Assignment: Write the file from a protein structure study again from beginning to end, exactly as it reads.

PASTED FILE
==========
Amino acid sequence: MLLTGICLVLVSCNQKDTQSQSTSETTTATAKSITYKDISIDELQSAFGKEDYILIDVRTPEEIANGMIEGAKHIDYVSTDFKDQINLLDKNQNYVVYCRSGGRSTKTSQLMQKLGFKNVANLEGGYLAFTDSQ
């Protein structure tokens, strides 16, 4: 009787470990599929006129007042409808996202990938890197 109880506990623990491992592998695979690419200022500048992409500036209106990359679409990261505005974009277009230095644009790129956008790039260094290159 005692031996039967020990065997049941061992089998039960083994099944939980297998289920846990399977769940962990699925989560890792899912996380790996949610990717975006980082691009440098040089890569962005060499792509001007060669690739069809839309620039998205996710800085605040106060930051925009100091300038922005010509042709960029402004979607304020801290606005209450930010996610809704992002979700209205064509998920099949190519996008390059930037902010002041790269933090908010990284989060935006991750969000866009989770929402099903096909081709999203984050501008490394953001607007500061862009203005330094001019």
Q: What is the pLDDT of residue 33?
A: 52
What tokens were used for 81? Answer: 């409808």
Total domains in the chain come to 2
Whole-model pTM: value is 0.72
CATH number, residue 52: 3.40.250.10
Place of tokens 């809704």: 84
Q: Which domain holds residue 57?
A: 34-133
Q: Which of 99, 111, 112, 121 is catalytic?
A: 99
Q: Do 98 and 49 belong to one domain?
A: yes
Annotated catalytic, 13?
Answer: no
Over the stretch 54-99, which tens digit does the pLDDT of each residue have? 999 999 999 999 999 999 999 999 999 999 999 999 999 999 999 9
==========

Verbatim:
Amino acid sequence: MLLTGICLVLVSCNQKDTQSQSTSETTTATAKSITYKDISIDELQSAFGKEDYILIDVRTPEEIANGMIEGAKHIDYVSTDFKDQINLLDKNQNYVVYCRSGGRSTKTSQLMQKLGFKNVANLEGGYLAFTDSQ
């Protein structure tokens, strides 16, 4: 009787470990599929006129007042409808996202990938890197 109880506990623990491992592998695979690419200022500048992409500036209106990359679409990261505005974009277009230095644009790129956008790039260094290159 005692031996039967020990065997049941061992089998039960083994099944939980297998289920846990399977769940962990699925989560890792899912996380790996949610990717975006980082691009440098040089890569962005060499792509001007060669690739069809839309620039998205996710800085605040106060930051925009100091300038922005010509042709960029402004979607304020801290606005209450930010996610809704992002979700209205064509998920099949190519996008390059930037902010002041790269933090908010990284989060935006991750969000866009989770929402099903096909081709999203984050501008490394953001607007500061862009203005330094001019």
Q: What is the pLDDT of residue 33?
A: 52
What tokens were used for 81? Answer: 């409808």
Total domains in the chain come to 2
Whole-model pTM: value is 0.72
CATH number, residue 52: 3.40.250.10
Place of tokens 């809704």: 84
Q: Which domain holds residue 57?
A: 34-133
Q: Which of 99, 111, 112, 121 is catalytic?
A: 99
Q: Do 98 and 49 belong to one domain?
A: yes
Annotated catalytic, 13?
Answer: no
Over the stretch 54-99, which tens digit does the pLDDT of each residue have? 999 999 999 999 999 999 999 999 999 999 999 999 999 999 999 9